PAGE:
4. Gable Roof With Shed Roof Addition

gable roof
Gable Roof With Front Extention

A typical alteration for an extension to an existing roofing system is to add a shed roof to the gable roof ridge. This hybrid design is a popular solution for property owners looking to extend, as it provides the opportunity for more headroom and space without having to completely alter the structure and aesthetics of the roof.

5. Dutch Gable Roofs

gable roof
Dutch Gable Roofs

Dutch gable roofs are the hybrid of a gable and hip roof. In types of a roof generally, the gable is placed on the hip roof, providing more space within the loft. This is a popular design with many property owners, adding an enhancing aesthetic appeal to a house as well as providing the practical function of added space.

Read More: Cavity Wall – Construction, Advantages & Disadvantages

How Long Can The Roof Last?

The life of a roofs depends on how well it has been installed and the materials that have been used. On average, a properly installed roof can last 40 years and even longer provided that it has an adequate supporting framework.

Bable Roof Advantages and Disadvantages

Gable Roof Pros

1. Water Drainage

The sloped design of a roofs serves as a reliable water drainage system. The angled pitch means that water and snow can easily slide off the roof. This aspect of the roof minimizes the risk of leaks, which, in turn, ensures that the roof can remain damage-free and last longer.

2. Easy to Build

roofs are simple and easy to build. These roofs require very simple construction methods as compared to other roof alternatives.

3. Additional Space

The sloped or triangular design of a roofing system provides more space for the homeowner. Homeowners can benefit from additional attic space as well as better ventilation in the property.

4. An Affordable Option

A roofing system is an economical roofing option for those who have financial limitations. Since a gabled roof is far simpler to build than other complex roofing alternatives, the overall costs of building and installing roofs are lower.

5. Materials

One has the option to use a variety of materials when it comes to the construction of a roofs. Depending on the requirements, metal sheets, clay tiles and concrete tiles can all be used to construct the roofs and complement the home.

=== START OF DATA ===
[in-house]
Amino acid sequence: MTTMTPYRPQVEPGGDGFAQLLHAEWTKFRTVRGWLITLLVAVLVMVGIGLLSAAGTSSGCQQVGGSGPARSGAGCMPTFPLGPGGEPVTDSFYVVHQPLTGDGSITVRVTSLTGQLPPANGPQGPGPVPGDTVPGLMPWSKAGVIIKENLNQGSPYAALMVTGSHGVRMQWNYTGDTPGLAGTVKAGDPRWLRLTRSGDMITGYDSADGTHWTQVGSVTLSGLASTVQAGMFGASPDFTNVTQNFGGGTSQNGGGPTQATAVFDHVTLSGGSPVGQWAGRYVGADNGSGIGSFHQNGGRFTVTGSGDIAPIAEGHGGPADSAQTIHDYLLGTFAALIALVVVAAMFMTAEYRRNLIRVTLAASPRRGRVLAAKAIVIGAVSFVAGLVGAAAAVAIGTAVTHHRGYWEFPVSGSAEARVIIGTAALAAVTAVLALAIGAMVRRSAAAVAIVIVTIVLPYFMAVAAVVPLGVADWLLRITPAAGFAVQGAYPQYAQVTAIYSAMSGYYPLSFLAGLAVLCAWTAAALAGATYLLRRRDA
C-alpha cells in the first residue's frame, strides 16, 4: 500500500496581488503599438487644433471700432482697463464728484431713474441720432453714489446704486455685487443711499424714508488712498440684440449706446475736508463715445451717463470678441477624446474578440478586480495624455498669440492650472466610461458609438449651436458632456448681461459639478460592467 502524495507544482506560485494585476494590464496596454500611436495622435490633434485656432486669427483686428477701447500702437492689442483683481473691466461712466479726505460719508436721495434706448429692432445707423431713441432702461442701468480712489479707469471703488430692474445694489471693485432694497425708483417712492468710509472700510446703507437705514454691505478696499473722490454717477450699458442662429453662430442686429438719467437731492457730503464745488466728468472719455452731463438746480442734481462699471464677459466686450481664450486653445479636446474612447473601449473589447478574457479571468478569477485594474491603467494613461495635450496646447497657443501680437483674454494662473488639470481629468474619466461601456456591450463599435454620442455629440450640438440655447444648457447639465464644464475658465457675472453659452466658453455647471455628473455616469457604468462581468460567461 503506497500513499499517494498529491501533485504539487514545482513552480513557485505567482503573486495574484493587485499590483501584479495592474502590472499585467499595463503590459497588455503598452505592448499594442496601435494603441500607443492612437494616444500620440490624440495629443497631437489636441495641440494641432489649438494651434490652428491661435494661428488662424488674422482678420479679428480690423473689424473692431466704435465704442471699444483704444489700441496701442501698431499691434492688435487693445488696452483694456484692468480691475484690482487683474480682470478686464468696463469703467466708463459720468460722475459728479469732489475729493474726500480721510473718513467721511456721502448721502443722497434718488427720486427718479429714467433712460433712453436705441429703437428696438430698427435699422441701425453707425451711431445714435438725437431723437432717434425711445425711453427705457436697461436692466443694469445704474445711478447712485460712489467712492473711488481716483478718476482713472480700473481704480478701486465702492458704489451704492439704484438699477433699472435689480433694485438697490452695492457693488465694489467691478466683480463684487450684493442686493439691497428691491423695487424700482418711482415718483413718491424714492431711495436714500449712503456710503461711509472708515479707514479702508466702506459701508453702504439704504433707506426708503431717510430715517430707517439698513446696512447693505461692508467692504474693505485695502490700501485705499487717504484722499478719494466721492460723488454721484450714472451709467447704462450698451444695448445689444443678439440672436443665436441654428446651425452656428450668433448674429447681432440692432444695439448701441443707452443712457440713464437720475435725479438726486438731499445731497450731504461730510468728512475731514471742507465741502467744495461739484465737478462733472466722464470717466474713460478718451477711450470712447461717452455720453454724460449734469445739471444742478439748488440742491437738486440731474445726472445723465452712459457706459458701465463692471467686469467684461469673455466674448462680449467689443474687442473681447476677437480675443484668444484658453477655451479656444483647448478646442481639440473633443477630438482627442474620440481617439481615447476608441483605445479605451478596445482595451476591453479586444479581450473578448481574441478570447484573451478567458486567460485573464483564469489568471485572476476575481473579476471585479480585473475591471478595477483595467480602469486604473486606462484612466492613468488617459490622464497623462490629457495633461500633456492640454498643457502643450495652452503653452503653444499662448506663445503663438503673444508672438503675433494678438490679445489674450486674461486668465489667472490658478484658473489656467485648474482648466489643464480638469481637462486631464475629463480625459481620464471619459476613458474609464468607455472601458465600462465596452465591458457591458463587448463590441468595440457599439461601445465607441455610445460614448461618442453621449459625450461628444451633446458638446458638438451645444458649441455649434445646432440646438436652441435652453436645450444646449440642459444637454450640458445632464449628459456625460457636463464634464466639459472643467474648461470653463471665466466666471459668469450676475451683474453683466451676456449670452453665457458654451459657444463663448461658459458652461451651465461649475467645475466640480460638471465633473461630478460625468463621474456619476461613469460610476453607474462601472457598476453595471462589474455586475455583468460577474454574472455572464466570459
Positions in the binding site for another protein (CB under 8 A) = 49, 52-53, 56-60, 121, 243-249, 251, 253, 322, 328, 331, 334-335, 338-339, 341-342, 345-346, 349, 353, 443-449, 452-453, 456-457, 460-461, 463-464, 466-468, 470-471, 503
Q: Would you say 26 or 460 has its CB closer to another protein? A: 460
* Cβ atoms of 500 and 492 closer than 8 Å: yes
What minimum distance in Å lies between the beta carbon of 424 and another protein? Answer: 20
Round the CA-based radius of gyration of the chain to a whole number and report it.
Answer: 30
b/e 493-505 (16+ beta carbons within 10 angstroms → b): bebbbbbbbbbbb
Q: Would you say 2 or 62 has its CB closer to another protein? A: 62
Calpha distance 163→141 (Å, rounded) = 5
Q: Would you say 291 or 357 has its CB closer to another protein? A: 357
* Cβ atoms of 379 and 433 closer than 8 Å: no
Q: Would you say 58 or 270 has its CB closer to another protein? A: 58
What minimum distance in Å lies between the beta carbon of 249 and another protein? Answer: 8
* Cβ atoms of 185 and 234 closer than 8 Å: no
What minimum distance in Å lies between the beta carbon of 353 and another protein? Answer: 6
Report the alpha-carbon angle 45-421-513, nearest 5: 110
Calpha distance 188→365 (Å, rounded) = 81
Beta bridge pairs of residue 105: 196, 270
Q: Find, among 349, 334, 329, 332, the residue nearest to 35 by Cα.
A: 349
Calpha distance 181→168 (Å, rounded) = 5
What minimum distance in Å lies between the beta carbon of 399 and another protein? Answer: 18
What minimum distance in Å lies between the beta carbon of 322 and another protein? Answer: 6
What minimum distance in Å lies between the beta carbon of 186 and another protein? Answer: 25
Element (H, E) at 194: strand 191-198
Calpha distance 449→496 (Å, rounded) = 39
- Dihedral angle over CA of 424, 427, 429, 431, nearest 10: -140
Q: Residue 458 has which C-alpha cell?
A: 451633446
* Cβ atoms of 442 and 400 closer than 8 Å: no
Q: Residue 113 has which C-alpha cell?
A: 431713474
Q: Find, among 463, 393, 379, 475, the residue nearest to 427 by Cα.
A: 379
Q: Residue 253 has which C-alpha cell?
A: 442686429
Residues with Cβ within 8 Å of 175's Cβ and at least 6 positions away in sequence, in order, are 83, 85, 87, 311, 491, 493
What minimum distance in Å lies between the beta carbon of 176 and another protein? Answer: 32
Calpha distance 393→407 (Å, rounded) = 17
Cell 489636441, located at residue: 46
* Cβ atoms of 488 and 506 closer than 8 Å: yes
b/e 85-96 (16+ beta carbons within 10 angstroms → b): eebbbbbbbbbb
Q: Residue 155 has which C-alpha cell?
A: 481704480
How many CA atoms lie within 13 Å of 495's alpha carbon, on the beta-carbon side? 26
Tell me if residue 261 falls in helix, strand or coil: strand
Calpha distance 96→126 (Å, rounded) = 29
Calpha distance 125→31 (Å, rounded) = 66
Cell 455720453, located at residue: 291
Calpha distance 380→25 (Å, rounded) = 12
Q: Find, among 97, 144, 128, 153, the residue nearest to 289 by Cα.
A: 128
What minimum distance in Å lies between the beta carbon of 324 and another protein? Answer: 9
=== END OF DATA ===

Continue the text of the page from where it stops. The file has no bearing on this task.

Read More: 10 Types Of Retaining Wall With Full Details

Gable Roof Cons

1. Prone to Wind Damage

Gable Roofs are not the most favorable option when it comes to hurricane regions. The roof design is more prone to wind damage since it is has a steeper pitch as compared to other roof types. The upper part of the roof can easily create a trap that can attract winds. Strong winds can exert a lot of pressure against the gable and can cause the roof to peel off.

2. Proper Installation

While gable roofs are fairly simple to install, they should be installed by a professional. A good gabled roof can last long if it has been installed using the right materials and has been supported adequately with its framing. If the framing has not been installed properly, the roof is at risk of collapsing.

Cost of Gable Roofing Construction

Generally, the cost of construction is around $8 to $16 per square foot. For a 1000 square foot roof, costs work out to be anywhere from $ 8000 to $16,000 on average. Additional gables and dormers can bring up the costs.


What Is a Hip Roof

The hip roof is a roof that has slopes from all sides of the structure with no vertical ends. It is an external angle at which other sloping sides of a roof meet.

What Is A Gable?

A Gable is a triangular portion of the roof wall at the end of a ridged roof. A Gabled Roof generally has two sides having a slope starting from the ridge toward the ends of the roof.

Hip vs Gable Roof

The major difference between a gable roof and a hip roof is nos. of sloping sides. Hipped roofs have all roof sides slope downward over the walls of your home. A Gable roofing system only has two sides or peaks that slope downward towards your home.